Paul looked straight at the Sanhedrin and said, "My brothers, I have fulfilled my duty to God in all good conscience to this day.”
How could Paul make such a statement? Didn’t he formerly persecute and kill followers of Jesus? Yes, but apparently, he didn’t violate his conscience in doing those things.
And now Paul is released to speak to the Supreme Court of Israel and he is set to defend his recent action of creating students for Jesus. The very idea he formerly opposed!
Apparently, Paul could look back at the contradictory actions in his life and truthfully say he did everything in good conscience.
When he persecuted Christians, he thought it was God’s Will. After meeting Jesus, he worked to spread the Good News of Jesus. In both, he did what he thought to be right at the time.
That’s a good conscience! Doing what you think is right!
Sometimes preachers and commentators make much of the fact that conscience is not a good guide. The point is often made that only God’s Word – the Bible – can properly inform our consciences.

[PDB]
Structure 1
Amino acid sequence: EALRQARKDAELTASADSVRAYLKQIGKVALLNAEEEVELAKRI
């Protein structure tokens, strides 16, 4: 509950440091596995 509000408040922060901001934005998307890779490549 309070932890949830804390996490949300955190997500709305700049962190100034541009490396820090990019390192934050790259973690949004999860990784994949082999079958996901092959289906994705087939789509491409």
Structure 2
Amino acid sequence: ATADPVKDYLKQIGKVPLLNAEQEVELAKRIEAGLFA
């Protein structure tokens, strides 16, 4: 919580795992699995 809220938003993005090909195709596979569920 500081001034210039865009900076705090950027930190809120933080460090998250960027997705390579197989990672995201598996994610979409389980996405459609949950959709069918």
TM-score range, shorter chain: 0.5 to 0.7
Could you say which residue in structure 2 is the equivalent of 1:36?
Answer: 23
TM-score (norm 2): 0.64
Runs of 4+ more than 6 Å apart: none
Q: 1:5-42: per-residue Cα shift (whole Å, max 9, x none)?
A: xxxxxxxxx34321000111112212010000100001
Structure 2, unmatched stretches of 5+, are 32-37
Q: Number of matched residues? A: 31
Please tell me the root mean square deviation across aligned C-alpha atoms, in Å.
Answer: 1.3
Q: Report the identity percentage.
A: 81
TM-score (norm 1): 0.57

We can be conscientious, and be very wrong! After all, Paul was wrongly persecuting Christians with a clear conscience.
These are good observations. Our consciences alone are not an infallible guide for behavior. Doing something in good conscience doesn’t necessarily mean what we are doing is right. God’s Will must be the teacher of our conscience.
But there is another truth here and this is the importance of following our consciences! A good conscience is a mark of integrity. God gave us conscience to motivate us to proper behavior and create guilty feelings when we violate it.
Consider the possibility that Jesus appeared to Paul and chose him to be an apostle precisely because he was always lived with a good conscience!